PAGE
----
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Prevalence, Determinants And Associated Risk Of Potentially Inappropriate Prescribing For Older Adults In Qatar: A National Retrospective Study

Authors Alyazeedi A, Fouad Algendy A, Sharabash M, Karawia A

Received 15 August 2019

Accepted for publication 4 October 2019

Published 1 November 2019 Volume 2019:14 Pages 1889—1899

DOI https://doi.org/10.2147/CIA.S222532

Checked for plagiarism Yes

Review by Single anonymous peer review

Peer reviewer comments 2

Editor who approved publication: Dr Richard Walker


Ameena Alyazeedi,1 Ahmed Fouad Algendy,2 Mohamed Sharabash,3 Ahmed Karawia4

1Pharmacy Department, Rumailah Hospital, Hamad Medical Corporation, Doha, Qatar; 2Clinical Pharmacy, Geriatric Department, Rumailah Hospital, Hamad Medical Corporation, Doha, Qatar; 3Clinical Pharmacy, Rumailah Hospital, Hamad Medical Corporation, Doha, Qatar; 4Pharmacy Informatics and Inventory, Rumailah Hospital, Hamad Medical Corporation, Doha, Qatar

Correspondence: Ahmed Fouad Algendy
Pharmacy Department, Rumailah Hospital, Hamad Medical Corporation, PO 3050, Doha, Qatar
Tel +97470094424
Fax +97444397600
Email amohamed89@hamad.qa

Purpose: To assess the prevalence and associated risk of potentially inappropriate prescribing (PIP) in older adults.
Methods: This was a national 3-year retrospective study of outpatient older adults exposed to potentially inappropriate medication (PIM) or polypharmacy. We used the Beers Criteria 2019 list to identify PIM to be avoided in older adults. We define moderate polypharmacy (MoP) and major polypharmacy (MaP) as using 6–10 or >10 chronic medications, respectively. Determinants of PIP included patients’ demographics, lab results, medications, comorbidities, and home healthcare services. We used Chi-square (for categorical variables), Unpaired t-test and ANOVA (for continuous variables as applicable) to assess the association of these determinants with PIP. Univariate followed by multivariate logistic regression models were used to get the crude and adjusted odds ratios of exposure to PIM or polypharmacy within patients who had emergency department (ED) admissions, bone fractures, falls, or constipation, compared to those who had not.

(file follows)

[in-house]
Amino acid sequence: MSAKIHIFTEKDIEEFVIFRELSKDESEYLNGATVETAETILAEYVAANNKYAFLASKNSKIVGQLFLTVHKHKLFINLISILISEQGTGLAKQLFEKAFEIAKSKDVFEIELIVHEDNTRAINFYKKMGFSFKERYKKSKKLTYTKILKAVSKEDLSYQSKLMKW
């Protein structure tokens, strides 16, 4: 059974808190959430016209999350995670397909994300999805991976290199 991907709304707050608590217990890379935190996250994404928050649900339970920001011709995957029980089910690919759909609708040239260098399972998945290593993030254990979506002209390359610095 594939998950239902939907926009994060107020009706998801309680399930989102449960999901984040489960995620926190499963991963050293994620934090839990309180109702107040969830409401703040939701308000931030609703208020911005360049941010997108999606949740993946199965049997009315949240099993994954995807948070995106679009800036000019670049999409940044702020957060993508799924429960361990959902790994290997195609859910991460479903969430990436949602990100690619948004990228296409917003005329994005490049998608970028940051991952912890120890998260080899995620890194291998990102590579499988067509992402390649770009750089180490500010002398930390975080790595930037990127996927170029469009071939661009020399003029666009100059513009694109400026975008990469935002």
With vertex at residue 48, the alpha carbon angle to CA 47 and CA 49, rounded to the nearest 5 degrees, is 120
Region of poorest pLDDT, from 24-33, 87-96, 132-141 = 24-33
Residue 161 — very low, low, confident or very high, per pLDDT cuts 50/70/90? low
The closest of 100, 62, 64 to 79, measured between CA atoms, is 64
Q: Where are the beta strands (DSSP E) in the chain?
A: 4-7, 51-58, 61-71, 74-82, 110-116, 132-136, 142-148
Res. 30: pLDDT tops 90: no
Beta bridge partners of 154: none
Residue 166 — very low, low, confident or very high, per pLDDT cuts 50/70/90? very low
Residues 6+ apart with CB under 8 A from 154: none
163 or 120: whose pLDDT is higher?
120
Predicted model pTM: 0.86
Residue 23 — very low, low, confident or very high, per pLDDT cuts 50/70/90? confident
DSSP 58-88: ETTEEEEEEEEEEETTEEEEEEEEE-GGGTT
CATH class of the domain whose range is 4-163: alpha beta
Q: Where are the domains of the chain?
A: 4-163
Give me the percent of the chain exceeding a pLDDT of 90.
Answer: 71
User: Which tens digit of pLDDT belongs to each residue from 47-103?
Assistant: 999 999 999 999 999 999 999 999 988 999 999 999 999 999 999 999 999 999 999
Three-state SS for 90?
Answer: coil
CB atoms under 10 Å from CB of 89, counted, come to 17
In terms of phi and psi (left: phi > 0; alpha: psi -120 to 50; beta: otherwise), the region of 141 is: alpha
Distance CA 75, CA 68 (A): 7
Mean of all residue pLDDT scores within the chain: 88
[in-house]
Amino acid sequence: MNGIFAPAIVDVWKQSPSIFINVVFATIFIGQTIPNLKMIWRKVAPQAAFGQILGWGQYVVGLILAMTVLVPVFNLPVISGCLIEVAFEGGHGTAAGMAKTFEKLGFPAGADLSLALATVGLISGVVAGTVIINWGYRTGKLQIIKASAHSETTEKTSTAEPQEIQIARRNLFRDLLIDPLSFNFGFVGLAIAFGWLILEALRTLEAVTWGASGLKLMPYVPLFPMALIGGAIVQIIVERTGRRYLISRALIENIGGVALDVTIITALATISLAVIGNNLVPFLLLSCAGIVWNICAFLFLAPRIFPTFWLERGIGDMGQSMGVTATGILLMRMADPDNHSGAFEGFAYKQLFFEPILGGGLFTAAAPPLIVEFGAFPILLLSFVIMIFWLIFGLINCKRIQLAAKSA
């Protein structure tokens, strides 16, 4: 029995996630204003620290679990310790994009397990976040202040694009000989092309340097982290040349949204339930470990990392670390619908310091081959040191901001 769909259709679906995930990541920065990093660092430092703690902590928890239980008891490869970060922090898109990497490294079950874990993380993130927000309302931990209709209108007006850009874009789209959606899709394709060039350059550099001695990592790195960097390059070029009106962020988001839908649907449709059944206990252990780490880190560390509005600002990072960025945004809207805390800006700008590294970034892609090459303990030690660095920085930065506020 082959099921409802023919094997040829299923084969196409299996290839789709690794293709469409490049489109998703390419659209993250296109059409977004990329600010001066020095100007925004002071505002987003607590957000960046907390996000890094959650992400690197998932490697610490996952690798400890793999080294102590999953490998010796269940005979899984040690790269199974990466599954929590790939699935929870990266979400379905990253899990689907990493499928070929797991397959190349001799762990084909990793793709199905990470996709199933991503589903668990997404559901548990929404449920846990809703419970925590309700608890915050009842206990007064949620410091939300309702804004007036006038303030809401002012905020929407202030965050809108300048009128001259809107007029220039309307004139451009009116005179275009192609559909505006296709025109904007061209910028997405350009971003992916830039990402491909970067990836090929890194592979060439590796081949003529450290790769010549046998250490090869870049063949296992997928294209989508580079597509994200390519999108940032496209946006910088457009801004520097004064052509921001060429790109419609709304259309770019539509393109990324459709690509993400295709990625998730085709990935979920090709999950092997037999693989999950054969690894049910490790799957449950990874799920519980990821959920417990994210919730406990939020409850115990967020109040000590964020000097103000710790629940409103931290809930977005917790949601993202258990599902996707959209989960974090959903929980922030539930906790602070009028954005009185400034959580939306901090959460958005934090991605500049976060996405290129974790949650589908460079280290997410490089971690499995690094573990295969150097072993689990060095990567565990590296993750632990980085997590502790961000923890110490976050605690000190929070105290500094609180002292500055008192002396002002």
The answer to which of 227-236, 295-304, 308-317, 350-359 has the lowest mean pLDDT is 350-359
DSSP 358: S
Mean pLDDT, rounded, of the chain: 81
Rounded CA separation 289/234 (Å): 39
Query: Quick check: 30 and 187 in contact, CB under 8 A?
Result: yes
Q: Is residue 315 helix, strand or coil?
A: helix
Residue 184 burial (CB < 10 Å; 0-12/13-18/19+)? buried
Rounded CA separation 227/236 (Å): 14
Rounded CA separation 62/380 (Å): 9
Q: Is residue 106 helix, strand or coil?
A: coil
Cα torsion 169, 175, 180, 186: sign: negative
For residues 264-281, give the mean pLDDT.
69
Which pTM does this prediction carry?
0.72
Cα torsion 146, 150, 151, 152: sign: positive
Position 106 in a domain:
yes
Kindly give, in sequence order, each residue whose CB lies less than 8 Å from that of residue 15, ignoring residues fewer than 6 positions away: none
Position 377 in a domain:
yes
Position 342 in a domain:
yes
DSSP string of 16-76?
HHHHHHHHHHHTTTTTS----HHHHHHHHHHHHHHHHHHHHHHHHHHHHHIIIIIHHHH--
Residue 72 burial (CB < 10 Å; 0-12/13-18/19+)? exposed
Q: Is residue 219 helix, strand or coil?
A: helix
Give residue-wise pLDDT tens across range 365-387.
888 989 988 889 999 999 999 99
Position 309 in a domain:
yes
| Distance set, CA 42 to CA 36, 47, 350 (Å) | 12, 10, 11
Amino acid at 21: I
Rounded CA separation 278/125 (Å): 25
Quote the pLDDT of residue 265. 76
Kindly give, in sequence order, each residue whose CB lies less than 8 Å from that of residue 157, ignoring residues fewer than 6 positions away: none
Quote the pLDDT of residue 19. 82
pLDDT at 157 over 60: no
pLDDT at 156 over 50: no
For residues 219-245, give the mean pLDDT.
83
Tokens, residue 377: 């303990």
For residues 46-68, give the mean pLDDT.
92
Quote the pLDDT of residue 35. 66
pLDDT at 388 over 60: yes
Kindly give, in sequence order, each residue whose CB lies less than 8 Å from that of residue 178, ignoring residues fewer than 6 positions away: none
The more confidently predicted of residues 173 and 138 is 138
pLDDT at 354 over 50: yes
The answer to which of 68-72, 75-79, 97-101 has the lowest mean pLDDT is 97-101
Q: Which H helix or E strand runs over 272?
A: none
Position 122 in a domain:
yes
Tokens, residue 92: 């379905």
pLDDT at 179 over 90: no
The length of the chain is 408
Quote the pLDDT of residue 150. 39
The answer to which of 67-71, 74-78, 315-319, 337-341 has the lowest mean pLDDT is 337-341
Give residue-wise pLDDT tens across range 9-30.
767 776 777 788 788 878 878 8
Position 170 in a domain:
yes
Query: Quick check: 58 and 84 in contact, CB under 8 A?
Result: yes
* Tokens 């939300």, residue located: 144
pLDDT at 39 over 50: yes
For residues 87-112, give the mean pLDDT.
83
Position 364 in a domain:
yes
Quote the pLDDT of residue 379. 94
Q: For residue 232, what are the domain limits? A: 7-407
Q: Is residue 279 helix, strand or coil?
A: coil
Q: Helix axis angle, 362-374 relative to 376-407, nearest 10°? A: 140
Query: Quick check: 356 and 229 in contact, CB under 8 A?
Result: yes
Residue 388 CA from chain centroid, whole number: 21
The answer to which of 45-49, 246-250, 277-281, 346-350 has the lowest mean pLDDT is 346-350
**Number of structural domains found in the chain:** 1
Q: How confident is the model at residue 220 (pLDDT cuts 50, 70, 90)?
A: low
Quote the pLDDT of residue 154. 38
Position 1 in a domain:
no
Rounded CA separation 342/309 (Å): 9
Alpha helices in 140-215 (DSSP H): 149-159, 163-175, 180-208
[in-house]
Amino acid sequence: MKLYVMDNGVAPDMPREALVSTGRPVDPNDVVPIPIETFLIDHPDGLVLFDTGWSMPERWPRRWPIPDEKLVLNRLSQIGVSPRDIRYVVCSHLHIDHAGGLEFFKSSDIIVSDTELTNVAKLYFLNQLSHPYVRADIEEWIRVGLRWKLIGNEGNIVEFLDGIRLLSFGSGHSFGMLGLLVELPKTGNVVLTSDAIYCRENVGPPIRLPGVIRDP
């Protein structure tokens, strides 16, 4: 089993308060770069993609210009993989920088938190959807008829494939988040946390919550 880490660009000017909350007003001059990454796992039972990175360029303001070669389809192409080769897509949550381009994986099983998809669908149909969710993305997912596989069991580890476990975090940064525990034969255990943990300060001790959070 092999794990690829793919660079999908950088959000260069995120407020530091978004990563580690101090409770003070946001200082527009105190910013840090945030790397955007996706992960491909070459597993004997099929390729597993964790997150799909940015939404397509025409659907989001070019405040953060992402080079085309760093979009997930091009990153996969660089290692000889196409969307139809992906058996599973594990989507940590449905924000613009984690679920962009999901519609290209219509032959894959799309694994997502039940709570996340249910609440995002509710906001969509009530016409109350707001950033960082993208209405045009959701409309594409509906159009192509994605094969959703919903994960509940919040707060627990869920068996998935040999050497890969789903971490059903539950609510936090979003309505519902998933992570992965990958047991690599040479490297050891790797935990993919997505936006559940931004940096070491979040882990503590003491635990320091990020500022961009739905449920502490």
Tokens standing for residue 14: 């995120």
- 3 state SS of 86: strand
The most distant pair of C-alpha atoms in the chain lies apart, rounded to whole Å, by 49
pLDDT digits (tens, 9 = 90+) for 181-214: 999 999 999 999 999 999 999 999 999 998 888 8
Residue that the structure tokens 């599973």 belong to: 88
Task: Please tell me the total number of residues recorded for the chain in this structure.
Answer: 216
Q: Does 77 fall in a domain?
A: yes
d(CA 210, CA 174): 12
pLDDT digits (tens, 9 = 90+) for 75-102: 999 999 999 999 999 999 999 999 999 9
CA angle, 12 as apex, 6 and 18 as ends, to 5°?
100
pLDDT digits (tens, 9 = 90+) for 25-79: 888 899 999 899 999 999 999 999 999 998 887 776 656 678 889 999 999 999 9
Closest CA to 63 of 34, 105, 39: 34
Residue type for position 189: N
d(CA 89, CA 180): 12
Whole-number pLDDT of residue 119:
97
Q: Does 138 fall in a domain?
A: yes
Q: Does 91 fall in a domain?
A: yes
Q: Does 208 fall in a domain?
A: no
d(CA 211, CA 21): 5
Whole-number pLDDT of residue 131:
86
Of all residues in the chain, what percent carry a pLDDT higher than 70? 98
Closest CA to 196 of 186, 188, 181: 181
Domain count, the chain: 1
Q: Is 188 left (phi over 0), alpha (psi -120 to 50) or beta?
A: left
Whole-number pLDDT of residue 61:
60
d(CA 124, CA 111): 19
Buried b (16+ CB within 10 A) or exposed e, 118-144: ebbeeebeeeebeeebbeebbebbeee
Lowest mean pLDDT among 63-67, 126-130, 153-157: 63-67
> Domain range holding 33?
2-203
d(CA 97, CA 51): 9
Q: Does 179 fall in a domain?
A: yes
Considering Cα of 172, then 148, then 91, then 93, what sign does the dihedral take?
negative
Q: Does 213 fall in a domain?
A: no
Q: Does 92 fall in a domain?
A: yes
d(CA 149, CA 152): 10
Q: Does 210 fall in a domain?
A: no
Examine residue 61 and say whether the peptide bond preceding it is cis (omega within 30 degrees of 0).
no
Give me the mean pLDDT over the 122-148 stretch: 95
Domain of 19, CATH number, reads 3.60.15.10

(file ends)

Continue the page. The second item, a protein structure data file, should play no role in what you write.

Results: 3537 patients were included. 62.6%, 40.4%, and 27.2% were exposed to PIM, MoP and MaP, respectively. Determinants of PIP included age, gender, ethnicity, weight, kidney function, sodium levels, hypertension, diabetes, heart failure, CAD, and home healthcare services (all with p-value < 0.05). PIM was associated with risk of ED admission, bone fracture and constipation with adjusted OR (p-values) of 1.27 (0.002), 1.33 (0.005), and 1.40 (<0.001), respectively. MoP was associated with the risk of ED admission, bone fracture, and constipation, with adjusted OR (p-values) of 1.27 (0.012), 1.34 (0.019), and 1.47 (<0.001), respectively. MaP was associated with a higher risk of ED admission, bone fracture, falls, and constipation with adjusted OR (p-values) of 1.46 (0.001), 1.59 (0.002), 1.39 (0.023), and 2.07 (<0.001), respectively.
Conclusion: PIP is common and is associated with an increased risk of poor clinical outcomes in older adults.

Keywords: polypharmacy, Beers 2019, falls, constipation, emergency admission, fracture


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